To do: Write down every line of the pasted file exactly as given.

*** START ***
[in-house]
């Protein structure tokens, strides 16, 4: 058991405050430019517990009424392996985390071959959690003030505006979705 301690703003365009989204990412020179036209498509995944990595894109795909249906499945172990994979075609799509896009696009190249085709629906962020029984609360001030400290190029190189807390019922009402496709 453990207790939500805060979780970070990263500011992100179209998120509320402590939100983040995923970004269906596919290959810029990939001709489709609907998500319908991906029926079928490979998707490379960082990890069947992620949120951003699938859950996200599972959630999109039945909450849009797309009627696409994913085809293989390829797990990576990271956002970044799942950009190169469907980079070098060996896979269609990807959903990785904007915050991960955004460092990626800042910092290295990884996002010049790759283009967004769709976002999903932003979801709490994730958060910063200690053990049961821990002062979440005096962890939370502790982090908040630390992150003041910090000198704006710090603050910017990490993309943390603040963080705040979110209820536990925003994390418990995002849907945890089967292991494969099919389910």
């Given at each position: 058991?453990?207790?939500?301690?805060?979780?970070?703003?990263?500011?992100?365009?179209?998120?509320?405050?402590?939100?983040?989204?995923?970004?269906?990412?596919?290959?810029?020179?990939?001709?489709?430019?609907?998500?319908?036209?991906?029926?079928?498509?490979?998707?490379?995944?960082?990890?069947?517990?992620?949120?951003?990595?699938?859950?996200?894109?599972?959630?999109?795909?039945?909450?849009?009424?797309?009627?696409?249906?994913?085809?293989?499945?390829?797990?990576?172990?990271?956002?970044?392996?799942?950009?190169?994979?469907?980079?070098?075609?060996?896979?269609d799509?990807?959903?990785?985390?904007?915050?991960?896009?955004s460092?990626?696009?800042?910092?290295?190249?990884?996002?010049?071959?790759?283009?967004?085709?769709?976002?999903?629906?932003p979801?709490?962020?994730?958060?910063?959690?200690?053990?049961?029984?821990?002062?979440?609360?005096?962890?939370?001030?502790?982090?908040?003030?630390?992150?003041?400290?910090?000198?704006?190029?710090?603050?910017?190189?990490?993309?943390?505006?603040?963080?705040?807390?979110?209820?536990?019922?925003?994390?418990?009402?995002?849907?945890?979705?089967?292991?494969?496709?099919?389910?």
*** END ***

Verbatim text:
[in-house]
């Protein structure tokens, strides 16, 4: 058991405050430019517990009424392996985390071959959690003030505006979705 301690703003365009989204990412020179036209498509995944990595894109795909249906499945172990994979075609799509896009696009190249085709629906962020029984609360001030400290190029190189807390019922009402496709 453990207790939500805060979780970070990263500011992100179209998120509320402590939100983040995923970004269906596919290959810029990939001709489709609907998500319908991906029926079928490979998707490379960082990890069947992620949120951003699938859950996200599972959630999109039945909450849009797309009627696409994913085809293989390829797990990576990271956002970044799942950009190169469907980079070098060996896979269609990807959903990785904007915050991960955004460092990626800042910092290295990884996002010049790759283009967004769709976002999903932003979801709490994730958060910063200690053990049961821990002062979440005096962890939370502790982090908040630390992150003041910090000198704006710090603050910017990490993309943390603040963080705040979110209820536990925003994390418990995002849907945890089967292991494969099919389910």
């Given at each position: 058991?453990?207790?939500?301690?805060?979780?970070?703003?990263?500011?992100?365009?179209?998120?509320?405050?402590?939100?983040?989204?995923?970004?269906?990412?596919?290959?810029?020179?990939?001709?489709?430019?609907?998500?319908?036209?991906?029926?079928?498509?490979?998707?490379?995944?960082?990890?069947?517990?992620?949120?951003?990595?699938?859950?996200?894109?599972?959630?999109?795909?039945?909450?849009?009424?797309?009627?696409?249906?994913?085809?293989?499945?390829?797990?990576?172990?990271?956002?970044?392996?799942?950009?190169?994979?469907?980079?070098?075609?060996?896979?269609d799509?990807?959903?990785?985390?904007?915050?991960?896009?955004s460092?990626?696009?800042?910092?290295?190249?990884?996002?010049?071959?790759?283009?967004?085709?769709?976002?999903?629906?932003p979801?709490?962020?994730?958060?910063?959690?200690?053990?049961?029984?821990?002062?979440?609360?005096?962890?939370?001030?502790?982090?908040?003030?630390?992150?003041?400290?910090?000198?704006?190029?710090?603050?910017?190189?990490?993309?943390?505006?603040?963080?705040?807390?979110?209820?536990?019922?925003?994390?418990?009402?995002?849907?945890?979705?089967?292991?494969?496709?099919?389910?």